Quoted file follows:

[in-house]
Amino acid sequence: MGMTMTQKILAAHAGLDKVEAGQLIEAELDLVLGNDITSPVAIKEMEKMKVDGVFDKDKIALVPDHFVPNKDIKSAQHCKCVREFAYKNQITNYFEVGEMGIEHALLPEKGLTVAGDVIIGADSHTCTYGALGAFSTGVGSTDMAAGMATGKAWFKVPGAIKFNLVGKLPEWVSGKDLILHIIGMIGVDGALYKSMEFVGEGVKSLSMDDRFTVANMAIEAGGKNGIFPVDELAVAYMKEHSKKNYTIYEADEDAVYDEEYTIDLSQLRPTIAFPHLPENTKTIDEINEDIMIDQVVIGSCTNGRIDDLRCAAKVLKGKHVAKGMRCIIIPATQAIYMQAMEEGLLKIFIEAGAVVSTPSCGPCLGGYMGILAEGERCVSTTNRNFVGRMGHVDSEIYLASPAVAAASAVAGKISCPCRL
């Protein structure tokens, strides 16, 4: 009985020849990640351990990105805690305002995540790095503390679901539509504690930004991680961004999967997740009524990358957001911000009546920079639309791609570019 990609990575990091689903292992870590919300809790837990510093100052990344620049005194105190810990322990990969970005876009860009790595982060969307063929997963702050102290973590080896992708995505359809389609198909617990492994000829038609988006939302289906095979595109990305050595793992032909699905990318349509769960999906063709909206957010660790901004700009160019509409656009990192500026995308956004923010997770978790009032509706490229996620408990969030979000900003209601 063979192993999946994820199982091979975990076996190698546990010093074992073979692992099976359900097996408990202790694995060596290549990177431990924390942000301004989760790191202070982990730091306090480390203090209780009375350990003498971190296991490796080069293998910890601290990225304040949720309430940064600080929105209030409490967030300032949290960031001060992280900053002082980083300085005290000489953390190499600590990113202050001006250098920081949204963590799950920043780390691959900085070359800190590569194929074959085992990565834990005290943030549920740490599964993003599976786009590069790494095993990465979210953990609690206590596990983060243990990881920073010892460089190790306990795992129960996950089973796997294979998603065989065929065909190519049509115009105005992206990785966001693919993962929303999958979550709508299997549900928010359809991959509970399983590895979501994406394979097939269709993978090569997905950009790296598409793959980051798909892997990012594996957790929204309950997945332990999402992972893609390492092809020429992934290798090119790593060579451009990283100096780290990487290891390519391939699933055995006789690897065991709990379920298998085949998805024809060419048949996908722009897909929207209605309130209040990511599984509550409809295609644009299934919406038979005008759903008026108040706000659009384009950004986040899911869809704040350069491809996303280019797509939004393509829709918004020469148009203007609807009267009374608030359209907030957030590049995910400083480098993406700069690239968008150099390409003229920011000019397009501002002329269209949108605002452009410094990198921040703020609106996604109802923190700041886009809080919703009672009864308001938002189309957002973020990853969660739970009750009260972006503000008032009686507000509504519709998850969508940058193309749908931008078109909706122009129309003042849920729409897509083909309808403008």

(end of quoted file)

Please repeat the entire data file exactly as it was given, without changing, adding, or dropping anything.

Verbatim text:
[in-house]
Amino acid sequence: MGMTMTQKILAAHAGLDKVEAGQLIEAELDLVLGNDITSPVAIKEMEKMKVDGVFDKDKIALVPDHFVPNKDIKSAQHCKCVREFAYKNQITNYFEVGEMGIEHALLPEKGLTVAGDVIIGADSHTCTYGALGAFSTGVGSTDMAAGMATGKAWFKVPGAIKFNLVGKLPEWVSGKDLILHIIGMIGVDGALYKSMEFVGEGVKSLSMDDRFTVANMAIEAGGKNGIFPVDELAVAYMKEHSKKNYTIYEADEDAVYDEEYTIDLSQLRPTIAFPHLPENTKTIDEINEDIMIDQVVIGSCTNGRIDDLRCAAKVLKGKHVAKGMRCIIIPATQAIYMQAMEEGLLKIFIEAGAVVSTPSCGPCLGGYMGILAEGERCVSTTNRNFVGRMGHVDSEIYLASPAVAAASAVAGKISCPCRL
């Protein structure tokens, strides 16, 4: 009985020849990640351990990105805690305002995540790095503390679901539509504690930004991680961004999967997740009524990358957001911000009546920079639309791609570019 990609990575990091689903292992870590919300809790837990510093100052990344620049005194105190810990322990990969970005876009860009790595982060969307063929997963702050102290973590080896992708995505359809389609198909617990492994000829038609988006939302289906095979595109990305050595793992032909699905990318349509769960999906063709909206957010660790901004700009160019509409656009990192500026995308956004923010997770978790009032509706490229996620408990969030979000900003209601 063979192993999946994820199982091979975990076996190698546990010093074992073979692992099976359900097996408990202790694995060596290549990177431990924390942000301004989760790191202070982990730091306090480390203090209780009375350990003498971190296991490796080069293998910890601290990225304040949720309430940064600080929105209030409490967030300032949290960031001060992280900053002082980083300085005290000489953390190499600590990113202050001006250098920081949204963590799950920043780390691959900085070359800190590569194929074959085992990565834990005290943030549920740490599964993003599976786009590069790494095993990465979210953990609690206590596990983060243990990881920073010892460089190790306990795992129960996950089973796997294979998603065989065929065909190519049509115009105005992206990785966001693919993962929303999958979550709508299997549900928010359809991959509970399983590895979501994406394979097939269709993978090569997905950009790296598409793959980051798909892997990012594996957790929204309950997945332990999402992972893609390492092809020429992934290798090119790593060579451009990283100096780290990487290891390519391939699933055995006789690897065991709990379920298998085949998805024809060419048949996908722009897909929207209605309130209040990511599984509550409809295609644009299934919406038979005008759903008026108040706000659009384009950004986040899911869809704040350069491809996303280019797509939004393509829709918004020469148009203007609807009267009374608030359209907030957030590049995910400083480098993406700069690239968008150099390409003229920011000019397009501002002329269209949108605002452009410094990198921040703020609106996604109802923190700041886009809080919703009672009864308001938002189309957002973020990853969660739970009750009260972006503000008032009686507000509504519709998850969508940058193309749908931008078109909706122009129309003042849920729409897509083909309808403008």